Now, Sandy, I wanna do a shift, and I wanna talk about another moment in your life. Again, this is a story. We learn from stories. So take us to your aha moment, to your epiphany moment that you wanna share with us today, that story. And then walk us through the steps you took to turn that idea into success.
Sandy Connery: Sure. I actually really love talking about this. So my aha moment actually happened only within the last year. And I was read a book, Brené Brown's, Daring Greatly, one of my favorite books. And she was talking about being a perfectionist, and if you look around my house, I am in no way a perfectionist in space ways.
But I realized how much of a perfectionist I am in the way I portray myself to the world. I don't want anybody − I should say past tense − I did not want anybody to see me as a failure. I would do anything to make myself look perfect in front of everybody, my staff, my partners, my customers. I never wanted to make a mistake.
And so, in Brené Brown's words, I was a prisoner of pleasing, performing, and perfecting. And that was like the heavens opened; the angels were singing. I was, like, this is how I have been living. This is not how we should be living. And reading her work made me realize that I connected who I am, my self-worth, with my work. Whatever I'm putting out there in the world was equal to me. And that's not how it is.
So, now, I can say that whatever I do, whether it's this podcast or a blog or an email or I write a book, whatever, if someone were to judge that, as they always will − there's always the critics out there − if someone were to judge that, they do not touch my self-worth. It is not on the table.
So, in Brené Brown's words, she says when our self-worth isn't on the line, we are far more willing to be courageous and risk sharing our raw talents and gifts. And I realized I had been holding back because I didn't wanna make a mistake. I didn't wanna be wrong. I didn't want anyone to belittle me.
And we cannot, as entrepreneurs, move forward with our businesses or even with our lives if we are not prepared to take risks. And so that changed how I did everything because I was so caught up in these shoulds that, you know, "You have a biomechanical degree. You can't start a software company. You should be doing this. You should be working in the field of your formal education."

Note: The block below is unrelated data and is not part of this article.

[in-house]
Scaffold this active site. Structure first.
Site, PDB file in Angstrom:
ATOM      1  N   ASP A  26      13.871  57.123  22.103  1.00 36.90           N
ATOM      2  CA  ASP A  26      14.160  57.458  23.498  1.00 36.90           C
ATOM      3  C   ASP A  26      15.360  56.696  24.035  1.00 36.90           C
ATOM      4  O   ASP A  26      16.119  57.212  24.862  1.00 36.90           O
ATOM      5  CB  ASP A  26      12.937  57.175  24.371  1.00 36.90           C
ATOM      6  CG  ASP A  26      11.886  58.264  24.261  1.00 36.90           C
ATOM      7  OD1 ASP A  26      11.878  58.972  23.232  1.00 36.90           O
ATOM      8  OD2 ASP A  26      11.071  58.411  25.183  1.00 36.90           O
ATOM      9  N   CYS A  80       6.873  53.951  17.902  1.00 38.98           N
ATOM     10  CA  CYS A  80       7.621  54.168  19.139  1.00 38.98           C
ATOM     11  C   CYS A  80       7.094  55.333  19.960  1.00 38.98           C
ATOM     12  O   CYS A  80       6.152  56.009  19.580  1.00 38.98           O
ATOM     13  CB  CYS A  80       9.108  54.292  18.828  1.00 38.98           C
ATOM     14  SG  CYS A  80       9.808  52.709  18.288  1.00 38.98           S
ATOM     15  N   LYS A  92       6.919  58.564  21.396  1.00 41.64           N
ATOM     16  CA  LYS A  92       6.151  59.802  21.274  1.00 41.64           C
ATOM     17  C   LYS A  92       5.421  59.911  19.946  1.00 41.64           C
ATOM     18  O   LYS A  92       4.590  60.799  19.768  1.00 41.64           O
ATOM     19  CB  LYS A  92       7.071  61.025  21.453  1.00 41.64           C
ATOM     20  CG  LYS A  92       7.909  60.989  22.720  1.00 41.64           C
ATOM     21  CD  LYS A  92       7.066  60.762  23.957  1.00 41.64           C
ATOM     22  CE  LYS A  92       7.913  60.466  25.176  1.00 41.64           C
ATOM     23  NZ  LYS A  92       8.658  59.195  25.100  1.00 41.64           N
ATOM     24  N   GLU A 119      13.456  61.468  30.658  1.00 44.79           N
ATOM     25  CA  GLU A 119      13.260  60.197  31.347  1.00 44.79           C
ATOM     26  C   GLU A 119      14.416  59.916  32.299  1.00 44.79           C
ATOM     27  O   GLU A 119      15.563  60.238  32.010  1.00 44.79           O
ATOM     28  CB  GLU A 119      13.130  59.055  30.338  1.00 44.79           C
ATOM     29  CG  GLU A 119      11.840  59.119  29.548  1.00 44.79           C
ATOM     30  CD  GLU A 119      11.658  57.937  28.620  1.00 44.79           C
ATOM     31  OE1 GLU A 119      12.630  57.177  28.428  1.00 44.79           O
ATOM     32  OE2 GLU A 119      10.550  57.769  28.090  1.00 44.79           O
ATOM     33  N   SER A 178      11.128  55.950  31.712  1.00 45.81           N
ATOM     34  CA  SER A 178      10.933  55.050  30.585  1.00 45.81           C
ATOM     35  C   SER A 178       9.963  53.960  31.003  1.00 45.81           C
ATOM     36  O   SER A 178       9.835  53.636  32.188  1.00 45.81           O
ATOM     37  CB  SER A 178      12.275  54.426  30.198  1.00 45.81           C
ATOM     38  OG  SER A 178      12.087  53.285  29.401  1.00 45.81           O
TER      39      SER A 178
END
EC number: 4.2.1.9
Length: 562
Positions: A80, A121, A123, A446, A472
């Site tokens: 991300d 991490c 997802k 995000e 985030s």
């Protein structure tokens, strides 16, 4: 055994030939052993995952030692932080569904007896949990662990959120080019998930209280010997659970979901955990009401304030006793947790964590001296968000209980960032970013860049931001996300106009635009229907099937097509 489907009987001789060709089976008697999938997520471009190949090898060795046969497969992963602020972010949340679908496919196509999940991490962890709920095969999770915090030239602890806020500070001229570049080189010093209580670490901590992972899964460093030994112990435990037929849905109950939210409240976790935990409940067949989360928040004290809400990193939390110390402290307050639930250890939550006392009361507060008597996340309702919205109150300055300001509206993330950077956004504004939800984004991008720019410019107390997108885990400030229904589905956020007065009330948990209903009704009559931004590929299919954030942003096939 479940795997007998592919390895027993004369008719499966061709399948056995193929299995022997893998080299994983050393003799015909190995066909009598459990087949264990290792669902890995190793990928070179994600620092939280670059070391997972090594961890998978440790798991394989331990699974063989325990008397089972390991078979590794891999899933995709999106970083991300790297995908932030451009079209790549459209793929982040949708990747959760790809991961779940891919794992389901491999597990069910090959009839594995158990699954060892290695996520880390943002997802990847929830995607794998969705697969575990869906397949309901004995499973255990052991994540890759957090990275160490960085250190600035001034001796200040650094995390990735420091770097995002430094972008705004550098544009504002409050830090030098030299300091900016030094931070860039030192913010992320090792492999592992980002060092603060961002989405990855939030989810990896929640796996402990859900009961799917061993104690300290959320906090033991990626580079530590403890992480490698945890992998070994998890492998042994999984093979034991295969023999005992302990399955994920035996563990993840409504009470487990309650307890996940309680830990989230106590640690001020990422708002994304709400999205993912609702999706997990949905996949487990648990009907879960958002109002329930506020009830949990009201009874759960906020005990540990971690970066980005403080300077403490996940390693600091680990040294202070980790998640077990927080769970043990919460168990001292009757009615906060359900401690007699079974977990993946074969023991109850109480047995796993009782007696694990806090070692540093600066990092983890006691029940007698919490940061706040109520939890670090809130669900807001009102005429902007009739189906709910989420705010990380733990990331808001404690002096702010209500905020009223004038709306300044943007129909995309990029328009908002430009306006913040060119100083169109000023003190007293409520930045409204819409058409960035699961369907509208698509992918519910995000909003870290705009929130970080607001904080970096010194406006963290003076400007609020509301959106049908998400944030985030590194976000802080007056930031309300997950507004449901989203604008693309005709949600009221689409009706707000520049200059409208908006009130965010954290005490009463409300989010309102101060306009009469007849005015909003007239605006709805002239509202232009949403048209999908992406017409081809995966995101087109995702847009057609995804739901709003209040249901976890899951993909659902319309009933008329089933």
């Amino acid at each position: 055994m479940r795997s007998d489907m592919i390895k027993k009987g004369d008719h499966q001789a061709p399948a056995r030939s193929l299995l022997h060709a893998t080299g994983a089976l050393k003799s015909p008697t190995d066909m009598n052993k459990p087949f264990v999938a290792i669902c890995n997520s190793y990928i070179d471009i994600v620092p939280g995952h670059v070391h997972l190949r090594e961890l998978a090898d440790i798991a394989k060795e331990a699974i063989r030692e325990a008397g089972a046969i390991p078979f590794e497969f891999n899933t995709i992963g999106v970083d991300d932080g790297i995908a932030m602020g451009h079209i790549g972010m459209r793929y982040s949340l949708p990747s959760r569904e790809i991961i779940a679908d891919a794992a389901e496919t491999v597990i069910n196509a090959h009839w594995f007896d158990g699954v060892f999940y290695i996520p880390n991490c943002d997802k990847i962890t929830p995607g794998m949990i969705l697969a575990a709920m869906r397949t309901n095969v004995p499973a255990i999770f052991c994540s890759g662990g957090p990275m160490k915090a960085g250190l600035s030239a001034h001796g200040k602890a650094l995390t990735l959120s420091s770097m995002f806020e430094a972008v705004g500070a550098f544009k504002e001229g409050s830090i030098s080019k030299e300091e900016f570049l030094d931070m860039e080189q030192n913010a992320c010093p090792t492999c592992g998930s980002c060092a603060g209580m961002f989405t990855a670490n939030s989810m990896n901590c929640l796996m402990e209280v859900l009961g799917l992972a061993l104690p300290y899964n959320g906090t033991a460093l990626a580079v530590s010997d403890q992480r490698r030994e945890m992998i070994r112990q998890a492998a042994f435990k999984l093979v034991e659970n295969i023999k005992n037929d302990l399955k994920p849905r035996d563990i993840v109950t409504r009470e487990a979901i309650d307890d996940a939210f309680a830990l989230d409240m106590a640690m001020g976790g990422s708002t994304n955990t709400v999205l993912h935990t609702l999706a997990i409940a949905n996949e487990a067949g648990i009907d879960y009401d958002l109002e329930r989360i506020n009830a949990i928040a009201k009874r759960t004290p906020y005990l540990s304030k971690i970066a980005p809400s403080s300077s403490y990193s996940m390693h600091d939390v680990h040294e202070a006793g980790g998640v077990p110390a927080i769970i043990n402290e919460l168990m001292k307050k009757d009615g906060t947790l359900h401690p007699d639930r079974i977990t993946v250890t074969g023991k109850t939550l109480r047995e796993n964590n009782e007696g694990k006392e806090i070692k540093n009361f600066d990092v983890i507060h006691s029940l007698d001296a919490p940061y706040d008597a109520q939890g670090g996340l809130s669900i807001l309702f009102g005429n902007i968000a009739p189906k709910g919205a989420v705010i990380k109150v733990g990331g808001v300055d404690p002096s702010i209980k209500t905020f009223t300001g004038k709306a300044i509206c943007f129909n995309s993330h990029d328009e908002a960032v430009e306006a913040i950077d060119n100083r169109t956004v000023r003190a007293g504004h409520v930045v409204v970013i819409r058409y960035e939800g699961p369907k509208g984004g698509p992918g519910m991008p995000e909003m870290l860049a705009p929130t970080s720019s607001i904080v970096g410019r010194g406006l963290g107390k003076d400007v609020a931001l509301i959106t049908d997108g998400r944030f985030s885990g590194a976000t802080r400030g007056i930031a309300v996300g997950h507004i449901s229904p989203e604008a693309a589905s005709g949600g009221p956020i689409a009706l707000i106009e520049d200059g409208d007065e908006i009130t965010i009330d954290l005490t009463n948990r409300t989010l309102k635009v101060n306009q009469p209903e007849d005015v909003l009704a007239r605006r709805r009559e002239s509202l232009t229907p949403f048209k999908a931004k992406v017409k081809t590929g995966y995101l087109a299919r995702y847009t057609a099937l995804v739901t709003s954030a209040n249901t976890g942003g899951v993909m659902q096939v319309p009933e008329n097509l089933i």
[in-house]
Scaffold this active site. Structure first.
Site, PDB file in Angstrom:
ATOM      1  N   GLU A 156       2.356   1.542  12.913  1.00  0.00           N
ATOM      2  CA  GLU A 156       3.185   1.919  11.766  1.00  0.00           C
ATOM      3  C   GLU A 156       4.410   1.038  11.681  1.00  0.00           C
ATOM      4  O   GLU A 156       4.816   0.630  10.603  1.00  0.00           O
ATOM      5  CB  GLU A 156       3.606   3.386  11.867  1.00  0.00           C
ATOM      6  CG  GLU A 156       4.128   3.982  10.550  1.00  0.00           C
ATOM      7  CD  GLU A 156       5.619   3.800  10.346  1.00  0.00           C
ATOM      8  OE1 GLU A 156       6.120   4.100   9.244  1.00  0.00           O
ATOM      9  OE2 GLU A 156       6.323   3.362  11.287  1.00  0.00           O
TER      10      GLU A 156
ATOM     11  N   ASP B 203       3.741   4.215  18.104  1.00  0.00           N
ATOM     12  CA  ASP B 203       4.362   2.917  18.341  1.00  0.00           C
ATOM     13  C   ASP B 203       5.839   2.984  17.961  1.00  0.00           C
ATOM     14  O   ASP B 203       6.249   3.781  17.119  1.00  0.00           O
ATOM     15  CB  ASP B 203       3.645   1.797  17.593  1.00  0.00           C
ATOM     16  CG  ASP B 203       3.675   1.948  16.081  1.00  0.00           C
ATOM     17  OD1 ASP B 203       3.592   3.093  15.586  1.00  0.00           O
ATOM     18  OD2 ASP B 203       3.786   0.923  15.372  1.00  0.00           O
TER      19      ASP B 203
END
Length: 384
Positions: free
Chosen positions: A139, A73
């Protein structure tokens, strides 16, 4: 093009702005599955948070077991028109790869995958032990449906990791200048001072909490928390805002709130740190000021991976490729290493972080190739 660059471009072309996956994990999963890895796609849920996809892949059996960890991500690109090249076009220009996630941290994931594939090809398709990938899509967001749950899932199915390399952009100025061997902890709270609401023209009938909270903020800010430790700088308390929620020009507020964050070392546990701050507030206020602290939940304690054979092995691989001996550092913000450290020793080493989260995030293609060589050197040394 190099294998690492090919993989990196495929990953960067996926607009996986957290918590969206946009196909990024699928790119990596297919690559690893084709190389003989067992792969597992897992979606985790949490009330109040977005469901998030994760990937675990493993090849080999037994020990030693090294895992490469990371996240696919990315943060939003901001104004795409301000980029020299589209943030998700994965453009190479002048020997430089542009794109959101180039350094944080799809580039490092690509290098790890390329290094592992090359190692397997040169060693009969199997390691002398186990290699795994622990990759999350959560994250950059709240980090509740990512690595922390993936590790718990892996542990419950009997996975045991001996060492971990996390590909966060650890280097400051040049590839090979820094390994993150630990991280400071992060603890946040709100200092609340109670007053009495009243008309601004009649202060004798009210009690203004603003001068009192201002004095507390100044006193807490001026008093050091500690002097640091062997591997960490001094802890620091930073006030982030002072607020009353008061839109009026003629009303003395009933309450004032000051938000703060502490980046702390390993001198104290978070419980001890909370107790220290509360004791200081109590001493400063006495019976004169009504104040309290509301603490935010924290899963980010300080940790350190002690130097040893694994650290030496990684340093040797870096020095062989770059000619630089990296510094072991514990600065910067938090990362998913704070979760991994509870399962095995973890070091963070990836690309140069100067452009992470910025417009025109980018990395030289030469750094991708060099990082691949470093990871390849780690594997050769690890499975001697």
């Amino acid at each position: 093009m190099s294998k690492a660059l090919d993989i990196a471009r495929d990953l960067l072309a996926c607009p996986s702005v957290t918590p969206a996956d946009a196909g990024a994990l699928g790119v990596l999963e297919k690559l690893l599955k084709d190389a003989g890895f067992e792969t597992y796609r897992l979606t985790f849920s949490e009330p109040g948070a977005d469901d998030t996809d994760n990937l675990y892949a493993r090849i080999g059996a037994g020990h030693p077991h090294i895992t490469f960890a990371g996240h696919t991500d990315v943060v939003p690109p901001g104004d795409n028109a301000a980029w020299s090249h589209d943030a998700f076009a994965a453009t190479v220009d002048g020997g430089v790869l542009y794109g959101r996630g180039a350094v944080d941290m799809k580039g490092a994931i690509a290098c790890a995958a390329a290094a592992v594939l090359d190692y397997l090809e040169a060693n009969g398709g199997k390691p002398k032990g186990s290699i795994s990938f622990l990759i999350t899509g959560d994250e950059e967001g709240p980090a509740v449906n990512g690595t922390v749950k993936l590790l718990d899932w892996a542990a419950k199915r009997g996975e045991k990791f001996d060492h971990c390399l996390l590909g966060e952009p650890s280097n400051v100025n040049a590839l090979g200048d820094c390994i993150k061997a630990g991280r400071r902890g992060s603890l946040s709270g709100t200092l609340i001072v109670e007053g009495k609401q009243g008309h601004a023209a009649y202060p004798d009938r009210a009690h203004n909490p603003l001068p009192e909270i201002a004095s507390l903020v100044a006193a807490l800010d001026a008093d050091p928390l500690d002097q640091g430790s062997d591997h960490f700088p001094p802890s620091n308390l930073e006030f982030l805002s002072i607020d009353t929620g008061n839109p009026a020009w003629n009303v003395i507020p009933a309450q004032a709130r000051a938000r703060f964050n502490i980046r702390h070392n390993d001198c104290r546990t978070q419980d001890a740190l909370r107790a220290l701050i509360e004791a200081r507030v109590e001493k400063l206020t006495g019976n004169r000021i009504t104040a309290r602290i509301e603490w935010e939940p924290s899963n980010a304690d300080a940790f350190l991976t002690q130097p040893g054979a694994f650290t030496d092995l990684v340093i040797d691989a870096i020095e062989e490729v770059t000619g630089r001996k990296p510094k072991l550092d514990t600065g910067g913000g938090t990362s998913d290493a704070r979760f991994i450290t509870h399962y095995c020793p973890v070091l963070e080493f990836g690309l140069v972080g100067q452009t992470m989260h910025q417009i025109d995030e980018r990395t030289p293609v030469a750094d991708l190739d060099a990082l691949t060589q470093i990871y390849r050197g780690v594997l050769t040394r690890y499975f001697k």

John Lee Dumas: You were shoulding on yourself.
Sandy Connery: All the time, all the time. So, when I read those words, it was literally the shift, this massive, massive identity shift that I can do this, and I have been holding myself back. What could I create if I didn't think there was going to be any judgment?
And if someone − I know there's gonna be critics out there, but it's not the critic who counts. It's me in the arena who's trying. That's a reference to Theodore Roosevelt's speech, "The Man in the Arena." It's not the critic who counts, right? It is me that counts.
And so I just love, you know, give me the criticism. I'll take it. I'll learn from it, and I'll reflect, and I'll move on. And maybe I'll do it better, maybe I'll do it different, or maybe I'll keep it the same. But you're not gonna touch my self-worth.
John Lee Dumas: Fire Nation, you don't have to be perfect. You don't have to appear perfect. In fact, I'm telling you right now, in this day and age, in the all-in entrepreneurship world, being honest, transparent, genuine, that is so much more welcomed than putting up this front. So just don't even spend that energy that Sandy was spending for so long. And definitely check that book out, Daring Greatly, so, so amazing.
And one thing I wanna talk about real quick, Sandy, because I think this is so powerful, and I'd love to get your thoughts on it, is just our innate sense of having to fit in, of not looking foolish, of being part of the tribe.
And I get it, and we should get it because, listen, when we were cavemen and women, we had to be part of the tribe. We had to be accepted because if we were shunned, like, forget it. We weren't gonna survive. We had to be part of this tribe together to survive.
So we have just this natural innate desire to fit in, to not be different, to not ruffle feathers, and to not look foolish, to not be that person, like, "Who's that? We don't want him part of our tribe. That's foolish." What do you think about that, Sandy? How does that play a role?